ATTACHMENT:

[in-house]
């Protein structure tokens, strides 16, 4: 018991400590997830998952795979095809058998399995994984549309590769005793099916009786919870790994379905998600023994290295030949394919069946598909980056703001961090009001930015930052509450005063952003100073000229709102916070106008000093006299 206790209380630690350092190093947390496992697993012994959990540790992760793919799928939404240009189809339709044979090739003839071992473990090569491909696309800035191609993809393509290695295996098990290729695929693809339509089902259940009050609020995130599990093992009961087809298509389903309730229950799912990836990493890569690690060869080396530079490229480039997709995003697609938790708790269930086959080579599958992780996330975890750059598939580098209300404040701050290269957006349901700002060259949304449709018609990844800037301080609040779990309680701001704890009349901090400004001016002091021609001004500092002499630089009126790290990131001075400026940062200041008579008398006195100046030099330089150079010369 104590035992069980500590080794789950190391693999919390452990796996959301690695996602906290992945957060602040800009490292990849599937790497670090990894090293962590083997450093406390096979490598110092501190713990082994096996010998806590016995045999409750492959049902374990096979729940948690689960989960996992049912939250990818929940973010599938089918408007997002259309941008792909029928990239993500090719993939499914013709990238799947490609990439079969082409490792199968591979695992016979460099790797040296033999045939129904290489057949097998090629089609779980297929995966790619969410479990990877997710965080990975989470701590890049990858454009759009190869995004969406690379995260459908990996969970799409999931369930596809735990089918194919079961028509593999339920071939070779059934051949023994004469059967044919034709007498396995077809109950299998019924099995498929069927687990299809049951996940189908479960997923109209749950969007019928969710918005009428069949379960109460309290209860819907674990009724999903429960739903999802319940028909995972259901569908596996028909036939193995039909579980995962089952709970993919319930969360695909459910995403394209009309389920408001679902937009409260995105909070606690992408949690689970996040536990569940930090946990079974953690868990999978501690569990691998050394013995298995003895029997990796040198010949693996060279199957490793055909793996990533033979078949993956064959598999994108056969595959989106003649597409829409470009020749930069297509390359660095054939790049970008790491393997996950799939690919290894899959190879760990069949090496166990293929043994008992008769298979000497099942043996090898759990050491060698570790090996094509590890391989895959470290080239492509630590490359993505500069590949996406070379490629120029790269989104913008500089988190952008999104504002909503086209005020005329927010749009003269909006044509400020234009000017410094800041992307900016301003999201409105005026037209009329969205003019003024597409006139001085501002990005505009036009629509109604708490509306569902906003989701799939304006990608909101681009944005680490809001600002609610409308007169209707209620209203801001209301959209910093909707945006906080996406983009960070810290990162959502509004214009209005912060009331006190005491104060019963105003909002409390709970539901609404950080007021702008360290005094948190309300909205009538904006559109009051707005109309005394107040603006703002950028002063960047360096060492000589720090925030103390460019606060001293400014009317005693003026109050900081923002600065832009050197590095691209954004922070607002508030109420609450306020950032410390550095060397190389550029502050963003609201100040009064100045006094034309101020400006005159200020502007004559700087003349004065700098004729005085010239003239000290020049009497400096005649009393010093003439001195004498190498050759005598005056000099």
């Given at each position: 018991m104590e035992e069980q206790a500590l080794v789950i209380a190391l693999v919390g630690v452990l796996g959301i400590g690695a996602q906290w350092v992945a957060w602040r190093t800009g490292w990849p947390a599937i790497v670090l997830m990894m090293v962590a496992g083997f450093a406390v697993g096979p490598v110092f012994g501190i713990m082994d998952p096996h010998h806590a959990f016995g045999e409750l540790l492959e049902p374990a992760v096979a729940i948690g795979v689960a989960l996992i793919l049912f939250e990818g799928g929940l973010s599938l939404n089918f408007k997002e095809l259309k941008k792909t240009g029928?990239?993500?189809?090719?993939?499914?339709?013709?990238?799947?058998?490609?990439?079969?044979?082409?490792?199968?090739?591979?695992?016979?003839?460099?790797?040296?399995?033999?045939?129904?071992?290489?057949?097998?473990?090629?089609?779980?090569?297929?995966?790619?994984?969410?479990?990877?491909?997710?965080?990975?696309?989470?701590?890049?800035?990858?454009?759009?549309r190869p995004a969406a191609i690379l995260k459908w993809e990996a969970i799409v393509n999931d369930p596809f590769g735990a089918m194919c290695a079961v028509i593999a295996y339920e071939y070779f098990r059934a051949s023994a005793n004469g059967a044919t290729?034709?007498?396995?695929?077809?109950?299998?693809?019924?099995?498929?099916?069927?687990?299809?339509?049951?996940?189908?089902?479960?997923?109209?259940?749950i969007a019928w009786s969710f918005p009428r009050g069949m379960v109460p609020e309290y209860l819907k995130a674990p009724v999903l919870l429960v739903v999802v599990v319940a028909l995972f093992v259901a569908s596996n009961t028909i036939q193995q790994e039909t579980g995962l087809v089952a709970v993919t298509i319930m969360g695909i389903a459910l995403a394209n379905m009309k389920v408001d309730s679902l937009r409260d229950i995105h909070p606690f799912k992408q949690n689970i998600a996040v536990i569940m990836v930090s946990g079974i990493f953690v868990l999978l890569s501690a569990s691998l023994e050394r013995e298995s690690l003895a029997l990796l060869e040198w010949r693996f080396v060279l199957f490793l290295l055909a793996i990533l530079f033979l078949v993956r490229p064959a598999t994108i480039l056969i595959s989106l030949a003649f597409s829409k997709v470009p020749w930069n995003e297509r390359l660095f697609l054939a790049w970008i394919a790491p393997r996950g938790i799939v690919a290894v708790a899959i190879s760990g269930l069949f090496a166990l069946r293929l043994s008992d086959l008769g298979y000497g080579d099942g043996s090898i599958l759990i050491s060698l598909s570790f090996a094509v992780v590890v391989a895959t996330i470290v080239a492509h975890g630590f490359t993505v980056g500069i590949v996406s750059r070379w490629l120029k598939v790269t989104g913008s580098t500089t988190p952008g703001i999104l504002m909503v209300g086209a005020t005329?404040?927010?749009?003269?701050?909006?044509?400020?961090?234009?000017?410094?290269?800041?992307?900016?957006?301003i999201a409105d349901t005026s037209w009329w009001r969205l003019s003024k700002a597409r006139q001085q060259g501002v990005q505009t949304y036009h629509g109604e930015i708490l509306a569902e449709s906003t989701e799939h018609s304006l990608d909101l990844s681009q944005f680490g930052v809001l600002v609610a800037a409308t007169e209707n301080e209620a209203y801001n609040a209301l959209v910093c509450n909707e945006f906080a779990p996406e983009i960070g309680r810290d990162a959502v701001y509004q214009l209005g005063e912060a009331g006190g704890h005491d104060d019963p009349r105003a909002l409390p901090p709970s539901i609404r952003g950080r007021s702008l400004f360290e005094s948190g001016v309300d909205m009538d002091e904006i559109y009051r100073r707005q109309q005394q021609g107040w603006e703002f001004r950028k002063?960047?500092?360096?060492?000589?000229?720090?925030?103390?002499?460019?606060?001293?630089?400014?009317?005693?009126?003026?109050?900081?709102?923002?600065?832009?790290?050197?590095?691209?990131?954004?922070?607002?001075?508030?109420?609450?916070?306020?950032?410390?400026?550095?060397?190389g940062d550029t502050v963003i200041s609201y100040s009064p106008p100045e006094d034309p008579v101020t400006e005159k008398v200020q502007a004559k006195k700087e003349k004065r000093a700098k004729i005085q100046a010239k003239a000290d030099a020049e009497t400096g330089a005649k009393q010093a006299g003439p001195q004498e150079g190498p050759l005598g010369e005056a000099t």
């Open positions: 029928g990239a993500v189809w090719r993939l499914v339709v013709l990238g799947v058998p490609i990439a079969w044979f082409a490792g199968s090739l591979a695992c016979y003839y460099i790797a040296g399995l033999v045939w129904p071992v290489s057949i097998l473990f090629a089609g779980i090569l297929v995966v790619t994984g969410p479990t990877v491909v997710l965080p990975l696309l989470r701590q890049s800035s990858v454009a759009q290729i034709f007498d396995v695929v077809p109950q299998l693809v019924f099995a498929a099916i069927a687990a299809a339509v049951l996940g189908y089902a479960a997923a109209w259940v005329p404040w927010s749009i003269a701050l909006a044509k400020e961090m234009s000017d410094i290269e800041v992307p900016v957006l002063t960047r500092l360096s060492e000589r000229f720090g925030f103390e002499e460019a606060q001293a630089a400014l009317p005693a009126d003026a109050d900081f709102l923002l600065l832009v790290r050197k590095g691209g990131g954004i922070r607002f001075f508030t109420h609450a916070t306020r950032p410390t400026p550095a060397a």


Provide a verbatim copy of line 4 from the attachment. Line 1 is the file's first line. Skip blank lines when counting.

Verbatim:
């Open positions: 029928g990239a993500v189809w090719r993939l499914v339709v013709l990238g799947v058998p490609i990439a079969w044979f082409a490792g199968s090739l591979a695992c016979y003839y460099i790797a040296g399995l033999v045939w129904p071992v290489s057949i097998l473990f090629a089609g779980i090569l297929v995966v790619t994984g969410p479990t990877v491909v997710l965080p990975l696309l989470r701590q890049s800035s990858v454009a759009q290729i034709f007498d396995v695929v077809p109950q299998l693809v019924f099995a498929a099916i069927a687990a299809a339509v049951l996940g189908y089902a479960a997923a109209w259940v005329p404040w927010s749009i003269a701050l909006a044509k400020e961090m234009s000017d410094i290269e800041v992307p900016v957006l002063t960047r500092l360096s060492e000589r000229f720090g925030f103390e002499e460019a606060q001293a630089a400014l009317p005693a009126d003026a109050d900081f709102l923002l600065l832009v790290r050197k590095g691209g990131g954004i922070r607002f001075f508030t109420h609450a916070t306020r950032p410390t400026p550095a060397a």